Saudi Arabia raising soybean and corn imports from Brazil

Updated 29 October 2012
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Saudi Arabia raising soybean and corn imports from Brazil

JEDDAH: BrazArtis, an import-export company based in Rio de Janeiro, Brazil, is set to expand its soybean and corn exports to the Middle East, a move that is aligned with growing Brazilian grain harvest and exports.
Driven by soybean and corn production, Brazilian grain harvest is estimated to exceed 180 million tons from 170 million last year.
The soybean harvest alone for 2012/13 is set to increase by 20 percent and reach 81 million tons, from 66 million last year.
Ranked as the second agricultural commodity export from Brazil, maize production is set to increase by 7 percent from 66 million tons to 70 million tons.
In the period of January to August of this year, Egypt has increased its purchases of maize by 899.4 percent, from 90,310 tons in 2011 to 902,550 tons in 2012, according to Scot Consultoria.
Saudi Arabia has increased its purchases of corn from 159,770 to 402,190 tons in the same period, an increase of 151.7 percent.
Jan Dabrowa, business development director at BrazArtis, said: “The value of the Brazilian agribusiness has reached a peak, and it is set to reach $ 100 billion in 2012. Current exports of oilseeds are being fueled by changing market dynamics that have set the stage for another successful harvest in 2013. In light of the decreased exports by Argentina and unfavorable weather conditions that affected the US crops, Brazil took up a leadership role as one of the main producer and exporter of soybeans and corn.”
On another hand, corn exports to Iran decreased by 26.9 percent from 951,890 to 695,620 metric tons, but the country still stands as one of the leading importers of Brazilian corn in the region.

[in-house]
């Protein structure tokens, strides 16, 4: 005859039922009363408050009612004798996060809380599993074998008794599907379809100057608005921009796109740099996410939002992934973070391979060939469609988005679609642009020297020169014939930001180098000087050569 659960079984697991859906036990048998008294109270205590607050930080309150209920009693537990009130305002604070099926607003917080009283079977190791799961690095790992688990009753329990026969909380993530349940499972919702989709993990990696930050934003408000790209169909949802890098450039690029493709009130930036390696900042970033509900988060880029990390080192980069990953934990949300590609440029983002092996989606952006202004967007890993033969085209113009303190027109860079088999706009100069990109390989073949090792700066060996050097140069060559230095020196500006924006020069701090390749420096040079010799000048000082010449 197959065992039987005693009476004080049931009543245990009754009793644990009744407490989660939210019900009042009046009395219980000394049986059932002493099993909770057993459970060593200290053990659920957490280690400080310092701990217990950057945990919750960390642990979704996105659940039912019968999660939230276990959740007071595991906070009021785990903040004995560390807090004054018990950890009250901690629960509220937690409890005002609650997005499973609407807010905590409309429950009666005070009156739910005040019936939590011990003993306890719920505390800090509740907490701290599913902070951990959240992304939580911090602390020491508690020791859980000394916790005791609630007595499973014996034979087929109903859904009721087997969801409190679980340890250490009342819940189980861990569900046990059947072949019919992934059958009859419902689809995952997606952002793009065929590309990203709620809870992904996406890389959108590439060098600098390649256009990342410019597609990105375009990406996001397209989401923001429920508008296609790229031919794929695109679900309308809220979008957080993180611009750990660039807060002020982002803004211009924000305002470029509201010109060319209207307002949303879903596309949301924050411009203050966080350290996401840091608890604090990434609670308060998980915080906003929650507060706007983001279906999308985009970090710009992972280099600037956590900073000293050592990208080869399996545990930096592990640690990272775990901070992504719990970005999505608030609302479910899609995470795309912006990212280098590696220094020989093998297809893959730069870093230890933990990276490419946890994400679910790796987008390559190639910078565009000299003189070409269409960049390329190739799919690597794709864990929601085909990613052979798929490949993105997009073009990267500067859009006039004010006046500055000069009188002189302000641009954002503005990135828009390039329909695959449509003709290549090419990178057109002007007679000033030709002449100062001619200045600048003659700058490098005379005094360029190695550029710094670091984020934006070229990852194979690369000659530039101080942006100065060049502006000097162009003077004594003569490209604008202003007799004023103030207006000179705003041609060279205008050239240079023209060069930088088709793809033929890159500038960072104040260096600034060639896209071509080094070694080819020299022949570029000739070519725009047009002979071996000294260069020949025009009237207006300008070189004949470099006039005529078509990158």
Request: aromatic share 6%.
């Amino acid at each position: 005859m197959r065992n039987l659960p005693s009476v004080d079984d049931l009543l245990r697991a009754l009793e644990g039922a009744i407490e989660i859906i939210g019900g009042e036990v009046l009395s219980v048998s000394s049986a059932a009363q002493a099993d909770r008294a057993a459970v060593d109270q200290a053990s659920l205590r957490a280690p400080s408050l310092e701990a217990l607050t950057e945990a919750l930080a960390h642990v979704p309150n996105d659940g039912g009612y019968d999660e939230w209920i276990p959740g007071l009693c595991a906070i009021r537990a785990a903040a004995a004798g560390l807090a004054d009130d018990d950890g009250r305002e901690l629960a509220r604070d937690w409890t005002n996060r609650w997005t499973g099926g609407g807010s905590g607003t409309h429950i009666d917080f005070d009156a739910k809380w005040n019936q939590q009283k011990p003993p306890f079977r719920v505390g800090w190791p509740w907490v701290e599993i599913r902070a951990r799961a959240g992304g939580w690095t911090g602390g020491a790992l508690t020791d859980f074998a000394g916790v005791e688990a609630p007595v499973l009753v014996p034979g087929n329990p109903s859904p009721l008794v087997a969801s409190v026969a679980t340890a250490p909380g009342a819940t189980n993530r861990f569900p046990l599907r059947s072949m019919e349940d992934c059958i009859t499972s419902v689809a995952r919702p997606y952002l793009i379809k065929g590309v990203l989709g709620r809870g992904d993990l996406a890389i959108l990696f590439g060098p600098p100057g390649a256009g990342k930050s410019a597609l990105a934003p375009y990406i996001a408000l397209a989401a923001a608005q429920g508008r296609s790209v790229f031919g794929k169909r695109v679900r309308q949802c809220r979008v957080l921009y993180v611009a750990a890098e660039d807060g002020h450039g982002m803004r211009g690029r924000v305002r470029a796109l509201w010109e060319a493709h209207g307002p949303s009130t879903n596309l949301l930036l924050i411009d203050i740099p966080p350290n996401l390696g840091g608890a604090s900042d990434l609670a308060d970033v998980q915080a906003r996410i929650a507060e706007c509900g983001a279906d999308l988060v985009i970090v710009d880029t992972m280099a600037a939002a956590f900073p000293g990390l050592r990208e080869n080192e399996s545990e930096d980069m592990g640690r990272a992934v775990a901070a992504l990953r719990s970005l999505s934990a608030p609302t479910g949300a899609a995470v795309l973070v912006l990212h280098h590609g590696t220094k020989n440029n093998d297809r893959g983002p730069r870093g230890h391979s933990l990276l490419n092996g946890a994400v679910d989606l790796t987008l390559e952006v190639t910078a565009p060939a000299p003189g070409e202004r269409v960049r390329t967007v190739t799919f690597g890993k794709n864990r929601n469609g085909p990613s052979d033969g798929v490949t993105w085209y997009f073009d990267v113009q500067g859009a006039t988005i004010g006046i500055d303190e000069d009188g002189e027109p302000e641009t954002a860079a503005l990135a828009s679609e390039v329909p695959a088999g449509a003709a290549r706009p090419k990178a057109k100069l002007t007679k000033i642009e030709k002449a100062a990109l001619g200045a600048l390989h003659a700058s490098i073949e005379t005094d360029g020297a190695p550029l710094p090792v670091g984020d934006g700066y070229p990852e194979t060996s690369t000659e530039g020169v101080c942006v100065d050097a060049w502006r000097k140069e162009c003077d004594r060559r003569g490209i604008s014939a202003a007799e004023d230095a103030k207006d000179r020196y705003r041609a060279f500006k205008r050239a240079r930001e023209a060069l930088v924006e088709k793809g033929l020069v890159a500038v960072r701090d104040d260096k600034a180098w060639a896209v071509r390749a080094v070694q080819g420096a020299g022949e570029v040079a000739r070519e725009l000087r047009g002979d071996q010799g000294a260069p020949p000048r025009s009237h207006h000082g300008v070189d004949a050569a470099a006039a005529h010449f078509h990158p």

The exports of soybeans in 2012 are set to reach 17.5 million tons, a 20 percent boost from 2011.
In 2013, a provision for 10 percent increase in planting and 11 percent improvement in average productivity should result in 27.5 million acres planted and potential harvest of 81 million tons of grain.
Around 48 percent of the total production, equivalent to 39 million tons of oilseed will be destined for export.
It is projected by the Brazilian Ministry of Agriculture that the agribusiness exports will reach a record of $ 100 billion in 2012. In 2010 Brazilian agricultural exports surpassed $ 76.4 billion worldwide, an 18 percent increase from 2009.
They reached a new record in 2011 by totaling $ 94.59 billion, 24 percent higher than in 2010.
Brazil’s exports span across the whole GCC region including the Kingdom, UAE, Qatar, Jordan, Bahrain, Kuwait, Lebanon, Syria and Oman.


War-ridden Yemen’s other frontline — the central bank

Updated 18 December 2018
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War-ridden Yemen’s other frontline — the central bank

  • The Arab world’s poorest country is crippled by a humanitarian crisis
  • Many have died as a result of poverty, starvation, poor health care as the central bank is caught up in the conflict

ADEN: Cashiers sort through large stacks of money inside a ragged building that is Yemen’s central bank, another frontline in a ruinous conflict as it fights to stave off economic collapse.
The Arab world’s poorest country is crippled by a humanitarian crisis, with images of skeletal children in famine-like conditions grabbing global attention, but economic dysfunction appears to be at the heart of the problem.
Yemen is afflicted by what diplomats call a famine of jobs and salaries, with the central bank — headquartered in the government’s de facto capital Aden.